Bamber told police later his sister was mentally ill, a "nutter". A former model, known as Bambi, she had been diagnosed with schizophrenia. She was staying at her parents' farm after receiving hospital treatment and splitting from her husband. Bambi, who had smoked cannabis after her medication had been reduced, argued with her parents when they suggested temporarily fostering her children as she put her life back together. He said he had left the gun out after shooting rabbits with it earlier in the day. Investigators seemed convinced Bambi was responsible, particularly as the farmhouse was found locked from the inside on arrival. An inquest into the deaths concluded there had been four murders and a suicide.
Not everyone was as convinced as the police. Relatives doubted Bambi's ability to murder. Despite Jeremy Bamber's claim that his sister was familiar with guns, other relatives insisted she had little or no knowledge of them. Mr Arlidge seemed to delight in demonstrating to the jury how her manicured nails would not have survived the fact she needed to reload the rifle at least three times. Forensic tests should have shown lead traces on her hands but did not. Neither was gun oil found on her nightdress, nor traces of blood on her bare feet, despite the fact she supposedly ran amok in the blood-spattered kitchen and bedrooms.
Mr Arlidge then unfolded what the prosecution believed had happened that night. Jeremy Bamber had cycled to White House Farm and entered via an insecure window. Once inside he had murdered his victims to become the sole beneficiary of a will worth up to £500,000 before incriminating his sister. As he presented the case, the urbane Mr Arlidge skilfully drew on a variety of evidence, including Bamber's own questionable behaviour after the deaths. With funeral arrangements under way he hosted expensive lobster and champagne meals with friends and was observed looking at his watch during the funeral before remarking: "Come on, let's get out of here. Time's up."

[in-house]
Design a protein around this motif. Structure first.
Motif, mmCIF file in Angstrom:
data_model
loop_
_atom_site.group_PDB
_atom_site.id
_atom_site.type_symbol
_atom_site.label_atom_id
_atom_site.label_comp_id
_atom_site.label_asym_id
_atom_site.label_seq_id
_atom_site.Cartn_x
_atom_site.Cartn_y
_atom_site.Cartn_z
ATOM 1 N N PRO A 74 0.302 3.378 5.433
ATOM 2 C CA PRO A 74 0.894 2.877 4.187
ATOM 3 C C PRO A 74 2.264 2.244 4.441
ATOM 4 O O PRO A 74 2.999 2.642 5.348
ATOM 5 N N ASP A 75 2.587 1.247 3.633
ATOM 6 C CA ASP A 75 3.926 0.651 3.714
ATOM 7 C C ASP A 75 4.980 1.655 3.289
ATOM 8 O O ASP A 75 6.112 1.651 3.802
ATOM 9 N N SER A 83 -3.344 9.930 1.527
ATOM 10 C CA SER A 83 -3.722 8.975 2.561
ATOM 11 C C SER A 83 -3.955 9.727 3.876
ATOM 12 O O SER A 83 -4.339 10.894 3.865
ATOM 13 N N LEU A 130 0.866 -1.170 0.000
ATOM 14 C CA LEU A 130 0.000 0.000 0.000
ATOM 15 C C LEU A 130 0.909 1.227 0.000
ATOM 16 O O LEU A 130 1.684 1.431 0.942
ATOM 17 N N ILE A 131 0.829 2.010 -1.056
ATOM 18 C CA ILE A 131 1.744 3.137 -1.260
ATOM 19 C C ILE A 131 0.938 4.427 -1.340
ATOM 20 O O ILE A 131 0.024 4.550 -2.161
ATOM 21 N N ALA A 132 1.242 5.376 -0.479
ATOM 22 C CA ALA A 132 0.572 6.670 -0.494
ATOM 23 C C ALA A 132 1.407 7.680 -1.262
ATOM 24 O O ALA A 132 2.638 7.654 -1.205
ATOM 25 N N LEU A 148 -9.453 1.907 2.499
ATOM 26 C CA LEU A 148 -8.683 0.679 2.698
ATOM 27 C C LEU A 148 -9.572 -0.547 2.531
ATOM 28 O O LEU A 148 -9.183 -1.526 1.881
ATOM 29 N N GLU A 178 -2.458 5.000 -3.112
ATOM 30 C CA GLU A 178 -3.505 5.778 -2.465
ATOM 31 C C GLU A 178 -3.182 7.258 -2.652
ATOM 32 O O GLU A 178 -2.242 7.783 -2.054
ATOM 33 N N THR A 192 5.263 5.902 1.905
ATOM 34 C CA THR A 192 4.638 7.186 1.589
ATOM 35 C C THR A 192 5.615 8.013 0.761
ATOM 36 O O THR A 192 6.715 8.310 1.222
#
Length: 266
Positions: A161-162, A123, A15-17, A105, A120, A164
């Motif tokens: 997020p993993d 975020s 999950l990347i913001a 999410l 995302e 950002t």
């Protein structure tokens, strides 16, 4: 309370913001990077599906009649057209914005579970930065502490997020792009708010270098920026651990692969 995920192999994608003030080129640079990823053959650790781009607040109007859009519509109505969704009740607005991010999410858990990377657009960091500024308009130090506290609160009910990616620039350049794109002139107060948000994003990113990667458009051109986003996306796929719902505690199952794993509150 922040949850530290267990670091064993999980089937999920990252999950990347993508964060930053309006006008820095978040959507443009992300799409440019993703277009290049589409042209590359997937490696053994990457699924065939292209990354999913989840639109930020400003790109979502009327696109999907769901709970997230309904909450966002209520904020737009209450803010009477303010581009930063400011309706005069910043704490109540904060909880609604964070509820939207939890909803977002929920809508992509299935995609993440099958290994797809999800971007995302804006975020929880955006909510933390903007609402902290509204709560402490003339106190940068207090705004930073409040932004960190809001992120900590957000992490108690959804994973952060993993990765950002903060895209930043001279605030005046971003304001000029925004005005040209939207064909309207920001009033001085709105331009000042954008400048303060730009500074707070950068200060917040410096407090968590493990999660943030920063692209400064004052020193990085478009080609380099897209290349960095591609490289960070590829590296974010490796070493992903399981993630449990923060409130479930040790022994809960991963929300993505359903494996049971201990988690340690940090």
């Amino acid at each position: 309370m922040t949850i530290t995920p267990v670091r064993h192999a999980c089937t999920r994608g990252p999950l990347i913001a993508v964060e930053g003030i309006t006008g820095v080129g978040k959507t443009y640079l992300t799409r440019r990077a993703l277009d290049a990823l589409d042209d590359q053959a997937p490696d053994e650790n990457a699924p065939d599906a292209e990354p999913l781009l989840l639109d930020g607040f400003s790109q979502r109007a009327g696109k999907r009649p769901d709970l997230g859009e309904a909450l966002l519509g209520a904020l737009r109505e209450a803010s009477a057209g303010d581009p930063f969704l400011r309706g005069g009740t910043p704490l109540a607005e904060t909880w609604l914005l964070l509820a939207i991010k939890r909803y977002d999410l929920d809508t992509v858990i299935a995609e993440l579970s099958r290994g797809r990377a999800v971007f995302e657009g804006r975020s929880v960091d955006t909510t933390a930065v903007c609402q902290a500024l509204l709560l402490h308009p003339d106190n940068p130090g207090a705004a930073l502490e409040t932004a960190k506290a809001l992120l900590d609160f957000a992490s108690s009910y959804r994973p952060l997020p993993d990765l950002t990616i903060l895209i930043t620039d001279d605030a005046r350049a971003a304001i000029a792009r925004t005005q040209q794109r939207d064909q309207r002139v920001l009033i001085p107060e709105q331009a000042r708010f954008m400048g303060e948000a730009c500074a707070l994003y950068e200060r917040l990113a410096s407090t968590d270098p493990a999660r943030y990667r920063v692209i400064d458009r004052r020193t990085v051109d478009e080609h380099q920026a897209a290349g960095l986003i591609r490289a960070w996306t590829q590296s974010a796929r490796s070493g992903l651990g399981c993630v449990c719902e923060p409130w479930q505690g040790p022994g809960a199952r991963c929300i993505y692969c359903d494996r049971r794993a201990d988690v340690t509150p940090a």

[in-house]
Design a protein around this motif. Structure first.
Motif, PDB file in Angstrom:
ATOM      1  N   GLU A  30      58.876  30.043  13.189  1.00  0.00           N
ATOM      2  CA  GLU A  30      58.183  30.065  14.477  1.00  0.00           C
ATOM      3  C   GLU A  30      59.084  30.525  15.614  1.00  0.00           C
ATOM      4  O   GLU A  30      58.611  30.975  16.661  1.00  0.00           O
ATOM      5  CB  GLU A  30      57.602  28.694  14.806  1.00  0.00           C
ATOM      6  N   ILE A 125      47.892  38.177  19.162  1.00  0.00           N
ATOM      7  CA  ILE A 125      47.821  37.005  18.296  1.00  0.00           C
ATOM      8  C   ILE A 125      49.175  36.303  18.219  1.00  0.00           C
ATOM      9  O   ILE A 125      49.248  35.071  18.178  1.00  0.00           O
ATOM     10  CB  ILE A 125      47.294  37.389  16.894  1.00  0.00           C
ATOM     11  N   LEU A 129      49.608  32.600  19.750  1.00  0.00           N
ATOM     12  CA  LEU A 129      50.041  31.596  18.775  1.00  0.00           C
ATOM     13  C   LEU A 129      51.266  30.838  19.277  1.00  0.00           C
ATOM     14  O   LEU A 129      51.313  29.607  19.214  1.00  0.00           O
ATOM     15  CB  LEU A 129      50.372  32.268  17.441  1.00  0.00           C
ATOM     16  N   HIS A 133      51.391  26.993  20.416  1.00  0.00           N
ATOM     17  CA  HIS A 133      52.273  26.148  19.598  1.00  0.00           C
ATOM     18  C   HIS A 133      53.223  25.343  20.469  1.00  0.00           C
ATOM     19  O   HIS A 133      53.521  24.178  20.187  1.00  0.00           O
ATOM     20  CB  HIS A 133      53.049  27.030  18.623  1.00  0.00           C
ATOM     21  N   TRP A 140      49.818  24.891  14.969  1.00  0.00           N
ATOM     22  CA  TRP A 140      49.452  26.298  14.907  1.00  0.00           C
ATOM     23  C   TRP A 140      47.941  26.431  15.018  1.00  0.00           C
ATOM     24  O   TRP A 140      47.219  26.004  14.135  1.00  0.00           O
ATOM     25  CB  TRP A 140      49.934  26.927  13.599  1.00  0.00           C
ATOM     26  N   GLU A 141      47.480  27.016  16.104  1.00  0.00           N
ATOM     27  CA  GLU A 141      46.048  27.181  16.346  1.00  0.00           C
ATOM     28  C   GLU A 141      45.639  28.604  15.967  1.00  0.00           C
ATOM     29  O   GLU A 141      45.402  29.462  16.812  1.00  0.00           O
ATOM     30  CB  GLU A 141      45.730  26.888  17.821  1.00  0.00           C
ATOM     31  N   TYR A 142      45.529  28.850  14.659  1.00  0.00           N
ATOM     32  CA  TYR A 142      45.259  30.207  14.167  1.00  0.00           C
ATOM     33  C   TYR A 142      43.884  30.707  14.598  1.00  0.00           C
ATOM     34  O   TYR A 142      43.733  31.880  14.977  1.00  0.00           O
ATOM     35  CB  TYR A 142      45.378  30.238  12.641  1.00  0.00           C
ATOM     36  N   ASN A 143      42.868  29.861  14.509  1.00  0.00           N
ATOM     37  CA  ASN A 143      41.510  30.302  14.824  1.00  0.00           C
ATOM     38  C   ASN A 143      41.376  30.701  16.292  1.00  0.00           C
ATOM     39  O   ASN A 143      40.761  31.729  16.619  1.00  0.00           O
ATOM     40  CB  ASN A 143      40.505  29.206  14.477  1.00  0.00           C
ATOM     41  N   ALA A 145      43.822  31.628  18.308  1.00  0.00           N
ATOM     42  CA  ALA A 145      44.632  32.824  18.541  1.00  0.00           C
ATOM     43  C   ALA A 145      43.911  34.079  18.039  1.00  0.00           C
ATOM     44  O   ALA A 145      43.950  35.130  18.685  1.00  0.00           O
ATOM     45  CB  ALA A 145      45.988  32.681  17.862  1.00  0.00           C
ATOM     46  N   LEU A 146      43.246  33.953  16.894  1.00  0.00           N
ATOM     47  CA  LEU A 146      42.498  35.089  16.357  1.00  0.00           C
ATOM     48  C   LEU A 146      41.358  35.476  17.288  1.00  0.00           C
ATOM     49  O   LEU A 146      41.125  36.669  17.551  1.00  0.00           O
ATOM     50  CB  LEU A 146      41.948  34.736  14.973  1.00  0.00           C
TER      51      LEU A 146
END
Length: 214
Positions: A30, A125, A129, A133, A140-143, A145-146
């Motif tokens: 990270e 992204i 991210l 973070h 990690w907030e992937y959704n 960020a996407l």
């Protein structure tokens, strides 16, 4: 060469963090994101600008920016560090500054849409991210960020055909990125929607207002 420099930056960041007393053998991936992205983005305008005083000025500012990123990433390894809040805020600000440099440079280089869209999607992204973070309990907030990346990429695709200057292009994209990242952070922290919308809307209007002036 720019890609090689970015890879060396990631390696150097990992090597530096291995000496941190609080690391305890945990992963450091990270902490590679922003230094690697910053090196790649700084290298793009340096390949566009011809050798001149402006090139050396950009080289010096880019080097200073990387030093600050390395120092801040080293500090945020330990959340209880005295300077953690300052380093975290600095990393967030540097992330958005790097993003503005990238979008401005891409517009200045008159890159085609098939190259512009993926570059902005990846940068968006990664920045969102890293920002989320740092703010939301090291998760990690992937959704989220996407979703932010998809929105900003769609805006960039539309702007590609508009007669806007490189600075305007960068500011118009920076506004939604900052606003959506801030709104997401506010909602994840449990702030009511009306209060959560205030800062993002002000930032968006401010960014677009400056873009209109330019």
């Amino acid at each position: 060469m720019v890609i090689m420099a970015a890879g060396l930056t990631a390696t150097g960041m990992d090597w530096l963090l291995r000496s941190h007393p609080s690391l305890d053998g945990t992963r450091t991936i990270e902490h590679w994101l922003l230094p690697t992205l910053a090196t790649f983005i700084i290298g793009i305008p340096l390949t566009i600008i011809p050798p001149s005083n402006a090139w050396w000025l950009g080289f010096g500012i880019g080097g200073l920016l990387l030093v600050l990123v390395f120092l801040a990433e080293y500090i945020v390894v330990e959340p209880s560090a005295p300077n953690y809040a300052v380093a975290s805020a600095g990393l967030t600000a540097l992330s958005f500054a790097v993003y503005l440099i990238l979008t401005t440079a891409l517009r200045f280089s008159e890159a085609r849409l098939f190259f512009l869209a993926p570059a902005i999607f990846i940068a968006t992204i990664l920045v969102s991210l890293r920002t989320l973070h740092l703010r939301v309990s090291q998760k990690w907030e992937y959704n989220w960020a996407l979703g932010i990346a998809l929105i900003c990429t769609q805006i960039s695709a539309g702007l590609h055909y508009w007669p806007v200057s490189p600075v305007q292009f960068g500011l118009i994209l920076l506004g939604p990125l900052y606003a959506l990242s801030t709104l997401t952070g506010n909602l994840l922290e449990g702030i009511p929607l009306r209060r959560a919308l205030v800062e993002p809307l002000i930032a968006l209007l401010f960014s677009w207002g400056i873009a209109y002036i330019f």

The prosecution case rested on three key points. First was Bamber's former girlfriend Julie Mugford. She met Bamber in 1983. A month after the murders she went to police with a friend and told them Bamber had organised the killings. He was arrested, but had to be released without charge soon afterwards, when detectives established that the local man she named as the assassin had a solid alibi. In court, she said that on the night of the killings Bamber telephoned her and said: "Tonight's the night."